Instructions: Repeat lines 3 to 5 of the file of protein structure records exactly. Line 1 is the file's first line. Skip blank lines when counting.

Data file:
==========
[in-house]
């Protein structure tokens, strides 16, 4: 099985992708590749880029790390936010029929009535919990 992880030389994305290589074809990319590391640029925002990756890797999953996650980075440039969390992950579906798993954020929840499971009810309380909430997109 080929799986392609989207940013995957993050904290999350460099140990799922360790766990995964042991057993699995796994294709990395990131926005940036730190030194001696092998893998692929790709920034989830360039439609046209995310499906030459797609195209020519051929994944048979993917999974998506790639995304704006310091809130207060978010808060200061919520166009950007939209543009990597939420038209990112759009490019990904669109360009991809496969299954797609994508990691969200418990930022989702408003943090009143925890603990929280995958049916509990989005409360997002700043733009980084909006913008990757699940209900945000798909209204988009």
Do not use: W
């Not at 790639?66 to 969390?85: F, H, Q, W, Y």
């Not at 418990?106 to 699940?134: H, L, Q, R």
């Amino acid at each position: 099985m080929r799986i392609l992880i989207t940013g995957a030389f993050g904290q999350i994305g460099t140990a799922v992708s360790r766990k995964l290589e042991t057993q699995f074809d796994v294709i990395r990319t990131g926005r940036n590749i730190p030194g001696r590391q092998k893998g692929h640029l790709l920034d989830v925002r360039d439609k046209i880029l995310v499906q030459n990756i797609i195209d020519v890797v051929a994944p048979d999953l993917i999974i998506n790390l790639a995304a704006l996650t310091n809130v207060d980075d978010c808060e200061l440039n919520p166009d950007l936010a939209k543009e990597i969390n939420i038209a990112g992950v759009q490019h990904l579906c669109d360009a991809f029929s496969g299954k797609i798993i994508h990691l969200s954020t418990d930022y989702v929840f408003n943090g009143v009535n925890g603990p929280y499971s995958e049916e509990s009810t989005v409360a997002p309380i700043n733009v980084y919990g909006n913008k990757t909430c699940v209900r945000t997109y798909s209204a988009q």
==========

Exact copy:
Do not use: W
């Not at 790639?66 to 969390?85: F, H, Q, W, Y």
């Not at 418990?106 to 699940?134: H, L, Q, R």